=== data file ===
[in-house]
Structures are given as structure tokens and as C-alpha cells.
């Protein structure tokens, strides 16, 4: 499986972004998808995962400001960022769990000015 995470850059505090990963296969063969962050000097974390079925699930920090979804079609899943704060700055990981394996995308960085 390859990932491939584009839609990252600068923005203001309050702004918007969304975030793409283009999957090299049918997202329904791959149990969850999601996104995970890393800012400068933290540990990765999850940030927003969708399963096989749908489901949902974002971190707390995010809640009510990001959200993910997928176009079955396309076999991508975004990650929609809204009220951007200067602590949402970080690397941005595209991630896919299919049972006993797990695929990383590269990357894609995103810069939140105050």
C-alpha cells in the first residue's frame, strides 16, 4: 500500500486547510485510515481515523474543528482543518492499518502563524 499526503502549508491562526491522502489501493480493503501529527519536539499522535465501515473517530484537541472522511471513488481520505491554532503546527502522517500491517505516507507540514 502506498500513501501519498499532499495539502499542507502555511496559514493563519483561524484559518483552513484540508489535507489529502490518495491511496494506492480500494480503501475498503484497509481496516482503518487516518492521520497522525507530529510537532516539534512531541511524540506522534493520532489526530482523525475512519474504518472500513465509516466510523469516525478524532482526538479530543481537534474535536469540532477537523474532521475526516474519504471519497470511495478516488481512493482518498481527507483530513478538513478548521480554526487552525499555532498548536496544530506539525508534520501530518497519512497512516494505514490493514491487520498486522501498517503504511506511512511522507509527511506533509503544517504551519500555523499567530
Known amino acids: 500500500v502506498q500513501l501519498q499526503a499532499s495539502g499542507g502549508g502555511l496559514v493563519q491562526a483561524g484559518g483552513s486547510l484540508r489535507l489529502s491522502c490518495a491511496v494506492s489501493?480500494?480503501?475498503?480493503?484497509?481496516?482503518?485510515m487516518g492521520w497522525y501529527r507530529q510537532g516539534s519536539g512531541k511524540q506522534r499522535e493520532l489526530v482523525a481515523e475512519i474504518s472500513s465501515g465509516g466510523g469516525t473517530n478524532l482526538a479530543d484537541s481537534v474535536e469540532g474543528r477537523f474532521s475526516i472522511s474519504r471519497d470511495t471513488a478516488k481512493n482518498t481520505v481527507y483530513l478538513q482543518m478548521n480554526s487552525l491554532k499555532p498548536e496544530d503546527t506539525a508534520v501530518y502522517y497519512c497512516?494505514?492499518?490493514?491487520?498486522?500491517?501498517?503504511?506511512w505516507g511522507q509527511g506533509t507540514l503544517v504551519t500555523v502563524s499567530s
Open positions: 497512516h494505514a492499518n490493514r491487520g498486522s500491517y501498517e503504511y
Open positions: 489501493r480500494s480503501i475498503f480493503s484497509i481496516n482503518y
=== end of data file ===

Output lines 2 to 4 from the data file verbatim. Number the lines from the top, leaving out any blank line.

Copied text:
Structures are given as structure tokens and as C-alpha cells.
């Protein structure tokens, strides 16, 4: 499986972004998808995962400001960022769990000015 995470850059505090990963296969063969962050000097974390079925699930920090979804079609899943704060700055990981394996995308960085 390859990932491939584009839609990252600068923005203001309050702004918007969304975030793409283009999957090299049918997202329904791959149990969850999601996104995970890393800012400068933290540990990765999850940030927003969708399963096989749908489901949902974002971190707390995010809640009510990001959200993910997928176009079955396309076999991508975004990650929609809204009220951007200067602590949402970080690397941005595209991630896919299919049972006993797990695929990383590269990357894609995103810069939140105050």
C-alpha cells in the first residue's frame, strides 16, 4: 500500500486547510485510515481515523474543528482543518492499518502563524 499526503502549508491562526491522502489501493480493503501529527519536539499522535465501515473517530484537541472522511471513488481520505491554532503546527502522517500491517505516507507540514 502506498500513501501519498499532499495539502499542507502555511496559514493563519483561524484559518483552513484540508489535507489529502490518495491511496494506492480500494480503501475498503484497509481496516482503518487516518492521520497522525507530529510537532516539534512531541511524540506522534493520532489526530482523525475512519474504518472500513465509516466510523469516525478524532482526538479530543481537534474535536469540532477537523474532521475526516474519504471519497470511495478516488481512493482518498481527507483530513478538513478548521480554526487552525499555532498548536496544530506539525508534520501530518497519512497512516494505514490493514491487520498486522501498517503504511506511512511522507509527511506533509503544517504551519500555523499567530